By Andy Kanengiser, Mississippi College Communications
CLINTON, Miss. – Antioch Baptist Church kids and parents enjoyed every mile of the journey to a FUGE Christian camp at Mississippi College.
Worship services, quiet moments for Bible study, sports, fellowship time and much more were a real blessing for the church delegation from Farmerville, Louisiana.
The annual June trip to the 5,000-student Baptist-affiliated university in Clinton was the sixth for parent chaperones like David C. Byrnes. He calls it his best one yet.
“We love coming to Mississippi College because of its location and the facilities are great,’’ Byrnes says. “The camp pastor was awesome and we had two kids get saved.’’
Seventeen children and seven parents were part of this summer’s contingent from Antioch Baptist Church.
Well-known for its Louisiana Watermelon Festival in late July and fun adventures to go fishing, boating and swimming at D’Arbonne State Park, Farmerville is sandwiched between Monroe and Ruston.
So, the trip for the Louisiana church delegation is a quick two-hour and 15-minute ride on I-20 to the Clinton, Miss. campus.
Once they get off the bus, they see a Clinton campus that’s steeped in history.
Founded in 1826, Mississippi College remains the nation’s second oldest Baptist college and the oldest institution of higher learning in the Magnolia State.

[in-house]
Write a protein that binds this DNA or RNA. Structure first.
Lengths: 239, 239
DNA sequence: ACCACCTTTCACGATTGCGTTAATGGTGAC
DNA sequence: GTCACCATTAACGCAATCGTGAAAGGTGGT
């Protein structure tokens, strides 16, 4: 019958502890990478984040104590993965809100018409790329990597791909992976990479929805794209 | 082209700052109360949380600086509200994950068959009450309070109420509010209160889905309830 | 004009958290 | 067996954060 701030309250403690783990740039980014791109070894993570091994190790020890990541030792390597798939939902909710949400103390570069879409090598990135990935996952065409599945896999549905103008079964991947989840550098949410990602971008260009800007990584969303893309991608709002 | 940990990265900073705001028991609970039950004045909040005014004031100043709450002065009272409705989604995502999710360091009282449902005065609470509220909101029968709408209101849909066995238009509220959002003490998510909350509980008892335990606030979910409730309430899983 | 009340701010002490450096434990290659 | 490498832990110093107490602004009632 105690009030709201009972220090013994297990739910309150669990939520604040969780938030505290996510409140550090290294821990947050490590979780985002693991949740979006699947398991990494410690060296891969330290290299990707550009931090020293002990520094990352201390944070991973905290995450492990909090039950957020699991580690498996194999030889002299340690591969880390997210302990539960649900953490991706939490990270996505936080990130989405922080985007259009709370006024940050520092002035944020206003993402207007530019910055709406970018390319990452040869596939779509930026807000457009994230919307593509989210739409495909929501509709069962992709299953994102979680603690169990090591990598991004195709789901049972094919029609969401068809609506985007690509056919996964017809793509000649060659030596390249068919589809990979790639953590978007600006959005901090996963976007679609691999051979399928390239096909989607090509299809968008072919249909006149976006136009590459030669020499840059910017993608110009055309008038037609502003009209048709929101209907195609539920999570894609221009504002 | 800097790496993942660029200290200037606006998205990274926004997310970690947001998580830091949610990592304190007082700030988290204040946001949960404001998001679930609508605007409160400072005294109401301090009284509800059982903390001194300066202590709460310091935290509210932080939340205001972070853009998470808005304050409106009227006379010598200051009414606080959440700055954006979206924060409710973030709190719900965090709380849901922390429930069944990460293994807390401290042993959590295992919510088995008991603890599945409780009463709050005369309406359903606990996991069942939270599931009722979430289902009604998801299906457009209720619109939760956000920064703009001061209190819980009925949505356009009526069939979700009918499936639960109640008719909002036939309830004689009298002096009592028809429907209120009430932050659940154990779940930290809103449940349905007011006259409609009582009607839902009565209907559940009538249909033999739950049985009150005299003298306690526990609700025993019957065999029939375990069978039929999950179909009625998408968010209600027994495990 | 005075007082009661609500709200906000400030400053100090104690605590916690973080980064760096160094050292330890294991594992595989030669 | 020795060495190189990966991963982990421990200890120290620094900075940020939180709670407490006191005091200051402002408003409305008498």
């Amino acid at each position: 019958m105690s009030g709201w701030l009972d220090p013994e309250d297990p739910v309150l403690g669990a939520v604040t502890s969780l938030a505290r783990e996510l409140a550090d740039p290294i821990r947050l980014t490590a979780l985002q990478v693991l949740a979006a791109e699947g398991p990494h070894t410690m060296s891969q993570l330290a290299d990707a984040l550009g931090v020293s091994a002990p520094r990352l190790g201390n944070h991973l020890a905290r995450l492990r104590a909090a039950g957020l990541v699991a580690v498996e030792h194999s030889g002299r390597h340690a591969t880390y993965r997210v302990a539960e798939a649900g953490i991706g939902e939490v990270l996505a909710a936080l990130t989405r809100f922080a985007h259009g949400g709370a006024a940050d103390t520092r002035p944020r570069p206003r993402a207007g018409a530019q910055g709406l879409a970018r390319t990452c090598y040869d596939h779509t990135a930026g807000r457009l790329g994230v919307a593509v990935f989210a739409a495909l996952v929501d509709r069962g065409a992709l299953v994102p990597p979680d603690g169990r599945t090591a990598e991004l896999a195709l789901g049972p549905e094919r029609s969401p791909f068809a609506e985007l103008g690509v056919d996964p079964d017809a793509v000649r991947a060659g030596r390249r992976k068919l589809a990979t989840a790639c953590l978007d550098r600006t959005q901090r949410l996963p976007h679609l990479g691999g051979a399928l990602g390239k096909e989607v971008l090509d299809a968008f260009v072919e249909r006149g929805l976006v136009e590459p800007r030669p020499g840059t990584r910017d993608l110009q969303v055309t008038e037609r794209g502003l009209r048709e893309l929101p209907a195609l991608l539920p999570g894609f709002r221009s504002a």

The landmark Provine Chapel opened in 1860 and was once used as a hospital for the wounded Civil War troops of Union General Ulysses S. Grant.
While Byrnes and several other chaperones made the trek for several years to MC for the Southern Baptist Convention’s FUGE camp, it was the first visit for Kevin Brantley. He traveled with his three sons.
He enjoyed the worship and preaching and really everything else about the FUGE camp at MC.
“Kevin said the camp was unbelievable,’’ Byrnes said. “He was closer to God right now than he’s ever been.’’
This year’s number of Mississippi College summer campers in June and July will exceed 6,000 boys and girls. That includes the blitz of Christian camps plus those for sports like football, basketball, volleyball, cheerleading and soccer.
Every year, there are scores of Baptist churches represented from across the Bayou State. MC continuing education director Ken Gilliam, who oversees the camps, says the largest number of Baptist church campers outside Mississippi come from Louisiana.
Then, it’s Alabama and Texas, in that order.
“The Louisiana children come from all over – from New Orleans, Shreveport, Bastrop, Monroe, and Alexandria,’’ Gilliam says.
Typically many of the kids from Louisiana come sporting the hats, T-shirts and other gear from LSU, especially since the Tigers were playing in the College World Series in Omaha.
It can get noisy at times during worship services at Swor Auditorium led by the contemporary Christian band, Yeshua’s Brand, from Huntsville, Ala. And the same is true during meals served at the cafeteria.
For children from Louisiana and a dozen other states, many life-changing moments occur while they learn God’s word.
It makes summer camp at Mississippi College an impactful experience.
And a few years some of the “graduates’’ from these SBC summer camps may return to the Clinton campus to become students at Mississippi College.